Day One – Prompt #1: Digital Editions

In reading a digital edition, it felt superficial in the way that it seemed more artificial and less personal or emotional-driven with its conversion into data and statistical representation on the website. In the past, I rarely read online before (only when necessary) as I preferred reading printed copies for a hands-on approach. Personally, the usage of technology can be beneficial in certain situations but ultimately, I found myself side-tracked by the internet to be effective in my search for information. I feel it better to be in a library or a bookstore that limits the flow of internet to have a clear perspective.

What is similar between the book and those online is the system of classification firsthand, how it is divided up by chapters or how it has a table of frames and contents to access certain parts of the story. What’s different between the two mediums is simply the navigation implored in reading that is not only physical but mental as different venues are employed for mental mapping and structure of the story.

Some advantages of digitization of text may be the diversity of information that can be classified in a way that benefits a researcher. For example, in this particular website, it includes the cast of the characters such as the Creature, Dr. Frankenstein, Henry Clerval, Elizabeth, and other influential characters that hold significance to the story; http://knarf.english.upenn.edu/. Furthermore, it provides more in-depth analysis that proves insightful such as illustrations on ‘medical electricity’ (crucial to understanding the devices used in the experiments) or geographical maps of areas such as Arctic Oceans (crucial to understanding the voyage made by certain characters).

At the same time, however, one of the disadvantages of this digitization of text seems that it is too ambiguous with information. It’s hard to recollect all of it and determine with complete accuracy to be an effective source as the information is cluttered in a mass among each website. For example, in the previous website, there are various different links that branch out that may or may not hold useful information. For example, it seems unnecessary to bring about information regarding the chronology of 18th and 19th centuries.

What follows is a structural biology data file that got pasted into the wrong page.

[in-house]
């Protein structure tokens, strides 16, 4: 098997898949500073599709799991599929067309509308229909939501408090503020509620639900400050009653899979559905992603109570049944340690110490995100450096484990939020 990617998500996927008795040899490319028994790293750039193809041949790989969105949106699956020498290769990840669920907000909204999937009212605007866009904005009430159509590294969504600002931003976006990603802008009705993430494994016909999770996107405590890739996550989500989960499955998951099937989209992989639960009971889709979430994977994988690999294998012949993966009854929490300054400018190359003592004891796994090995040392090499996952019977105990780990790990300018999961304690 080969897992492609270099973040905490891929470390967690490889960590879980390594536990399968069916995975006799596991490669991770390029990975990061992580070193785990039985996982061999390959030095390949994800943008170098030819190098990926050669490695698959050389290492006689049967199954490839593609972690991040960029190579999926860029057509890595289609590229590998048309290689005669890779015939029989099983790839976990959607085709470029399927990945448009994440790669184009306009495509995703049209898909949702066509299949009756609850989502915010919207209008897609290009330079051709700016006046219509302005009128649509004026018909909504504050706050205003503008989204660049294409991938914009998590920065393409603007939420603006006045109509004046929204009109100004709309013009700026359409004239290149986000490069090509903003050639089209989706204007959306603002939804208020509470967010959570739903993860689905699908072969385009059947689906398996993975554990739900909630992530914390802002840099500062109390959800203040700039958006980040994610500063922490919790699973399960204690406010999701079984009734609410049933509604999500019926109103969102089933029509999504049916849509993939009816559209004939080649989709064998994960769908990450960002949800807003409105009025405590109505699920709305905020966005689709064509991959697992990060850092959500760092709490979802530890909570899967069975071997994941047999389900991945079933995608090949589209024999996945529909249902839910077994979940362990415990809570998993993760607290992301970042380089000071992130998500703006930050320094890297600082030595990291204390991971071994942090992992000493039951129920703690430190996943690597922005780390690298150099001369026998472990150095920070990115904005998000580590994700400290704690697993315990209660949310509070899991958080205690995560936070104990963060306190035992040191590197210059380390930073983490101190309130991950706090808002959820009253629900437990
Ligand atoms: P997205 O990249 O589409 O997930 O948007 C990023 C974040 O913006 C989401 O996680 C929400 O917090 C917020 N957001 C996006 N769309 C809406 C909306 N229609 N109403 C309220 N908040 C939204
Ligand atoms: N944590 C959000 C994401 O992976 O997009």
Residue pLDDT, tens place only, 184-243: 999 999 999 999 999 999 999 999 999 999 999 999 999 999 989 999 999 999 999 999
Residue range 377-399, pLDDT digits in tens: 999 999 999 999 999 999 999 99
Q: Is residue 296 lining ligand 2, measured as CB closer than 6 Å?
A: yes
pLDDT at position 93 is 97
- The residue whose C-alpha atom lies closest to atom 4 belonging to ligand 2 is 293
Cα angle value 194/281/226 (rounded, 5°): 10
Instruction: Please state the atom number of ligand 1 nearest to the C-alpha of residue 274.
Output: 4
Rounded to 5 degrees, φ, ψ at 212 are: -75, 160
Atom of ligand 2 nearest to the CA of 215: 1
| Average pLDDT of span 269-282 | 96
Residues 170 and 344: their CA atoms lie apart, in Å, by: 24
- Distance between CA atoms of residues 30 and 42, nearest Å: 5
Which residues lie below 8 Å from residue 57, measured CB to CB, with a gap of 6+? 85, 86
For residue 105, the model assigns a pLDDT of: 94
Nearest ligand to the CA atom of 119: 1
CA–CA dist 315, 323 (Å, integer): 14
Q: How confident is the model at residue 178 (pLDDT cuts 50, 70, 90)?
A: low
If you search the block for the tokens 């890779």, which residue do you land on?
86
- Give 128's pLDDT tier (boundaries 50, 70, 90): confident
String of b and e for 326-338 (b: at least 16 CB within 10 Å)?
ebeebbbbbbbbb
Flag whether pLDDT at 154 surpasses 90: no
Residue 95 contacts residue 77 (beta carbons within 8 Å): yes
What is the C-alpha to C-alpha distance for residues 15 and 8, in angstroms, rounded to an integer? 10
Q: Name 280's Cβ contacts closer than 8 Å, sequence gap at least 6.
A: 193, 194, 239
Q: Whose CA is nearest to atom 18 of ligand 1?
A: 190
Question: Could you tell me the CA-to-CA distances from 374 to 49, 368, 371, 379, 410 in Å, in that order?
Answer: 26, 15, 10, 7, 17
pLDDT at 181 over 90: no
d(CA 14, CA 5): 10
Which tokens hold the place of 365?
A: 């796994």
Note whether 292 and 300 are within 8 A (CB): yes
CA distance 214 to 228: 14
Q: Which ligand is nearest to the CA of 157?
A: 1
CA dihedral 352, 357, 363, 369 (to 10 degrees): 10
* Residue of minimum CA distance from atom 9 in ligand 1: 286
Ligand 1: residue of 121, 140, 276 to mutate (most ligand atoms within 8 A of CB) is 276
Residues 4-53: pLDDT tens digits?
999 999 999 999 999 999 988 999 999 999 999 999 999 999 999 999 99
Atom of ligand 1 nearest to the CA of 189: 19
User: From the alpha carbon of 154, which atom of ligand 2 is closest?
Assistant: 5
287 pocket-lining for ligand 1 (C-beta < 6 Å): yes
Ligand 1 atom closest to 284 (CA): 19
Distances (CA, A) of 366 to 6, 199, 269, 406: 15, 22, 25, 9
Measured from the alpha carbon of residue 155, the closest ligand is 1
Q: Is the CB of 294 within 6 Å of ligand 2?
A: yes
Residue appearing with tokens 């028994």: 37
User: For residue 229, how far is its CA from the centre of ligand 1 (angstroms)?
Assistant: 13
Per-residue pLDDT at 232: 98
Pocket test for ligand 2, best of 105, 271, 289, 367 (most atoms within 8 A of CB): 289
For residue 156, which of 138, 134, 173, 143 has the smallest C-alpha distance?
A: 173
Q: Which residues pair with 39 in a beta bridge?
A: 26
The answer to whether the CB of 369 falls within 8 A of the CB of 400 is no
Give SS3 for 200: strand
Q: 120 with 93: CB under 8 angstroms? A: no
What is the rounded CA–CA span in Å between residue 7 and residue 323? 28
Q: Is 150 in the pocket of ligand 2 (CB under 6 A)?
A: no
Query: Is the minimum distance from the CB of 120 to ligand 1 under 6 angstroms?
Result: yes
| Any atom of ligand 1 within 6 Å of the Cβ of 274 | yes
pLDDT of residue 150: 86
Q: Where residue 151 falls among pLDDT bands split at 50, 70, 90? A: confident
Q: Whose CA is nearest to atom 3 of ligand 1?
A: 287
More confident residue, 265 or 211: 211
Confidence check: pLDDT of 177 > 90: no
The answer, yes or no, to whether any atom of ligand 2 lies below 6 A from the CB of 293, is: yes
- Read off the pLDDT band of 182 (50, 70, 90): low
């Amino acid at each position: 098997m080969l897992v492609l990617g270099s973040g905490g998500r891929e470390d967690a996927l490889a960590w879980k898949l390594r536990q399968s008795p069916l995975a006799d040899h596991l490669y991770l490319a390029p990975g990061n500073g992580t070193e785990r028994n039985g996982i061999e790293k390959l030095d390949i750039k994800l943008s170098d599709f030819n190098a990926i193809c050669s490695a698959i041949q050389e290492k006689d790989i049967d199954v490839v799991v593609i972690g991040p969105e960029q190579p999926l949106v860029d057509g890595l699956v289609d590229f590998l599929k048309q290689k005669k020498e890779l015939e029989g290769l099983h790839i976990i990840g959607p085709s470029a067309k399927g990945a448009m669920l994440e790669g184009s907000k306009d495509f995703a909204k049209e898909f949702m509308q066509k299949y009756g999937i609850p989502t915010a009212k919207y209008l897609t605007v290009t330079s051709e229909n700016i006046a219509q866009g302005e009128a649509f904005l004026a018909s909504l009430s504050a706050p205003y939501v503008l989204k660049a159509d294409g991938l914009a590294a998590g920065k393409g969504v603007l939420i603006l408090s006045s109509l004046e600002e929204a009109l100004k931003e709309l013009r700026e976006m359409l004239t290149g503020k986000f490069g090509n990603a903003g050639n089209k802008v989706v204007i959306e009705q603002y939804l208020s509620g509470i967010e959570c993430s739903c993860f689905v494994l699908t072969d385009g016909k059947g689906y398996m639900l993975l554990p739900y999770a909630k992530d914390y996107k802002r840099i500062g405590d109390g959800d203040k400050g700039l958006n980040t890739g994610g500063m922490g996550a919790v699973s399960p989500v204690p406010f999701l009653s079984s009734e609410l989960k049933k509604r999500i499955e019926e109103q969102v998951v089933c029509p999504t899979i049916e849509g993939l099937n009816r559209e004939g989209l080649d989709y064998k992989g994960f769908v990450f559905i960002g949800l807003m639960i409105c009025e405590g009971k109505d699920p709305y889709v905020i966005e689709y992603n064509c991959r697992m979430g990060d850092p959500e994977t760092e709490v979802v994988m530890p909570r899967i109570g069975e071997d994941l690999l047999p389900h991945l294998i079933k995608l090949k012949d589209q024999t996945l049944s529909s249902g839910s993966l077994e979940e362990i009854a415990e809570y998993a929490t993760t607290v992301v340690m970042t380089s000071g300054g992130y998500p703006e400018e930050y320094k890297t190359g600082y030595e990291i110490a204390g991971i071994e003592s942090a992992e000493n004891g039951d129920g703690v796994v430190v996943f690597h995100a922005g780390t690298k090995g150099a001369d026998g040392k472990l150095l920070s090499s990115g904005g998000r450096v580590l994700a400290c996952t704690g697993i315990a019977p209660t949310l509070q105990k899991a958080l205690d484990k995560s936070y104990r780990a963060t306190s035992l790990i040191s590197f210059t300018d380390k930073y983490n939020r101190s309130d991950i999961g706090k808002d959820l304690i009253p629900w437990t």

In that regard, an advantage that printed text possess is the ability to be straight-forward with the material, a beginning, middle, and the ending that flows in one direction. With a digital edition, you can often lose your positioning and continuously navigate through the website in search for a specific piece of information. Having said that, however, the dangers of printed text can be that its limitations of information are confined to that specific edition, holding only what is deemed relevant to the story. Digital texts can thus access other sources of information, old and new, and include them into its own source. As a result, digital texts can provide a constant, indirect flow of information that printed text cannot but printed text can provide a direct structure that is constant (494).

5 thoughts on “Day One – Prompt #1: Digital Editions

  1. Interesting post! I completely agree with your final paragraph stating that in certain digital editions it is easy to lose one’s place as the reader is pulled into a new webpage and away from the original content. However, my rebuttal to that argument is twofold. First, if the digital edition worked in “pop-up” annotations, that did not take the reader to a new page but held the information over the content so the reader could look at both simultaneously, the issue of losing one’s place would be solved. Second, in a physical edition, notes are often at the end of the novel, which while a pretty weak argument, also causes people to lose their place in the novel and their focus.